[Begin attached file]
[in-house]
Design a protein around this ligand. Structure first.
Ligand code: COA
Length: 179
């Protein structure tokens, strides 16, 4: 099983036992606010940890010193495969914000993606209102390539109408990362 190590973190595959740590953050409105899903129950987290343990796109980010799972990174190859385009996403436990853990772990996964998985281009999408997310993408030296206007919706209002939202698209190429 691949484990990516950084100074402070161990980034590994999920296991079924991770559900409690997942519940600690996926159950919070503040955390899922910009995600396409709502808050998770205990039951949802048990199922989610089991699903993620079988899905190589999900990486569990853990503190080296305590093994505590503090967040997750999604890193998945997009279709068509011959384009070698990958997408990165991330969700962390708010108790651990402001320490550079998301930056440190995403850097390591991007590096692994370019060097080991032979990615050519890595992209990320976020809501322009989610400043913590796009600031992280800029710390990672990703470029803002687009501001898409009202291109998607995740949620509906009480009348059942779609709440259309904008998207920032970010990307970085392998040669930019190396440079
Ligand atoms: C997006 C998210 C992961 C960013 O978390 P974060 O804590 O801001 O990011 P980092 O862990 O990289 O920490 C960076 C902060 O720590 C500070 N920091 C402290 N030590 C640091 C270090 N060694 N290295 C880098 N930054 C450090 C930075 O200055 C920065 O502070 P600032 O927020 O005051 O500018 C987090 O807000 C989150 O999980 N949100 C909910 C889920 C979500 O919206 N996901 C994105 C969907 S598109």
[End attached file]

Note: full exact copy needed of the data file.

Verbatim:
[in-house]
Design a protein around this ligand. Structure first.
Ligand code: COA
Length: 179
């Protein structure tokens, strides 16, 4: 099983036992606010940890010193495969914000993606209102390539109408990362 190590973190595959740590953050409105899903129950987290343990796109980010799972990174190859385009996403436990853990772990996964998985281009999408997310993408030296206007919706209002939202698209190429 691949484990990516950084100074402070161990980034590994999920296991079924991770559900409690997942519940600690996926159950919070503040955390899922910009995600396409709502808050998770205990039951949802048990199922989610089991699903993620079988899905190589999900990486569990853990503190080296305590093994505590503090967040997750999604890193998945997009279709068509011959384009070698990958997408990165991330969700962390708010108790651990402001320490550079998301930056440190995403850097390591991007590096692994370019060097080991032979990615050519890595992209990320976020809501322009989610400043913590796009600031992280800029710390990672990703470029803002687009501001898409009202291109998607995740949620509906009480009348059942779609709440259309904008998207920032970010990307970085392998040669930019190396440079
Ligand atoms: C997006 C998210 C992961 C960013 O978390 P974060 O804590 O801001 O990011 P980092 O862990 O990289 O920490 C960076 C902060 O720590 C500070 N920091 C402290 N030590 C640091 C270090 N060694 N290295 C880098 N930054 C450090 C930075 O200055 C920065 O502070 P600032 O927020 O005051 O500018 C987090 O807000 C989150 O999980 N949100 C909910 C889920 C979500 O919206 N996901 C994105 C969907 S598109």